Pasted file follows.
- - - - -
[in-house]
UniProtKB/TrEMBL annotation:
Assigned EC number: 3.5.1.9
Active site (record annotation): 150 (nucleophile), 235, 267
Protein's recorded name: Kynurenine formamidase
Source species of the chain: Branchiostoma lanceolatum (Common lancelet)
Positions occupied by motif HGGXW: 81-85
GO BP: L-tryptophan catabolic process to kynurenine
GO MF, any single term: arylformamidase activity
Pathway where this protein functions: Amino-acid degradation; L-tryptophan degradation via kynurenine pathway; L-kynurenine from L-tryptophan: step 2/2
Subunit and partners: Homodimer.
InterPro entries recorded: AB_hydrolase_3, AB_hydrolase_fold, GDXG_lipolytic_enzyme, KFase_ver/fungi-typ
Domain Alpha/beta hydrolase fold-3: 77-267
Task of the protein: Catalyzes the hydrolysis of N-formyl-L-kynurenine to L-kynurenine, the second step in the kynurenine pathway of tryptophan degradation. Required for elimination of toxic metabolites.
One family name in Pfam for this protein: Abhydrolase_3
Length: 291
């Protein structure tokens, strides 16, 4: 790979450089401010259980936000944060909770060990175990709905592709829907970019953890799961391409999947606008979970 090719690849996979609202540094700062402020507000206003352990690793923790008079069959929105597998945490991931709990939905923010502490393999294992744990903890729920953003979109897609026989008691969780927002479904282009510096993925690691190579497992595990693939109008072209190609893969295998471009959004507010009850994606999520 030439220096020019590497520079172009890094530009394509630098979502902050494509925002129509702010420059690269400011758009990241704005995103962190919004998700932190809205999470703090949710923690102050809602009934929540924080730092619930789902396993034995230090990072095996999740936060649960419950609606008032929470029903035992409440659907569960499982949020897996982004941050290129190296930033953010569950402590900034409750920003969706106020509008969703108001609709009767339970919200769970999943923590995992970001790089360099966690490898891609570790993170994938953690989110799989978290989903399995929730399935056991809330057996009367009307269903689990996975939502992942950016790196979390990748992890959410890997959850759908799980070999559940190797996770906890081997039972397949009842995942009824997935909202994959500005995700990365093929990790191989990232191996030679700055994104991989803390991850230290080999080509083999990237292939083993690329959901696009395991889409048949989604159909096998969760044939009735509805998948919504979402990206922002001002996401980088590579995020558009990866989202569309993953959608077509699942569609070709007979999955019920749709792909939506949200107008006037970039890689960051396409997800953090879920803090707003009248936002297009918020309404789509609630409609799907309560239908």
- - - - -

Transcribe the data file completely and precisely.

[in-house]
UniProtKB/TrEMBL annotation:
Assigned EC number: 3.5.1.9
Active site (record annotation): 150 (nucleophile), 235, 267
Protein's recorded name: Kynurenine formamidase
Source species of the chain: Branchiostoma lanceolatum (Common lancelet)
Positions occupied by motif HGGXW: 81-85
GO BP: L-tryptophan catabolic process to kynurenine
GO MF, any single term: arylformamidase activity
Pathway where this protein functions: Amino-acid degradation; L-tryptophan degradation via kynurenine pathway; L-kynurenine from L-tryptophan: step 2/2
Subunit and partners: Homodimer.
InterPro entries recorded: AB_hydrolase_3, AB_hydrolase_fold, GDXG_lipolytic_enzyme, KFase_ver/fungi-typ
Domain Alpha/beta hydrolase fold-3: 77-267
Task of the protein: Catalyzes the hydrolysis of N-formyl-L-kynurenine to L-kynurenine, the second step in the kynurenine pathway of tryptophan degradation. Required for elimination of toxic metabolites.
One family name in Pfam for this protein: Abhydrolase_3
Length: 291
């Protein structure tokens, strides 16, 4: 790979450089401010259980936000944060909770060990175990709905592709829907970019953890799961391409999947606008979970 090719690849996979609202540094700062402020507000206003352990690793923790008079069959929105597998945490991931709990939905923010502490393999294992744990903890729920953003979109897609026989008691969780927002479904282009510096993925690691190579497992595990693939109008072209190609893969295998471009959004507010009850994606999520 030439220096020019590497520079172009890094530009394509630098979502902050494509925002129509702010420059690269400011758009990241704005995103962190919004998700932190809205999470703090949710923690102050809602009934929540924080730092619930789902396993034995230090990072095996999740936060649960419950609606008032929470029903035992409440659907569960499982949020897996982004941050290129190296930033953010569950402590900034409750920003969706106020509008969703108001609709009767339970919200769970999943923590995992970001790089360099966690490898891609570790993170994938953690989110799989978290989903399995929730399935056991809330057996009367009307269903689990996975939502992942950016790196979390990748992890959410890997959850759908799980070999559940190797996770906890081997039972397949009842995942009824997935909202994959500005995700990365093929990790191989990232191996030679700055994104991989803390991850230290080999080509083999990237292939083993690329959901696009395991889409048949989604159909096998969760044939009735509805998948919504979402990206922002001002996401980088590579995020558009990866989202569309993953959608077509699942569609070709007979999955019920749709792909939506949200107008006037970039890689960051396409997800953090879920803090707003009248936002297009918020309404789509609630409609799907309560239908």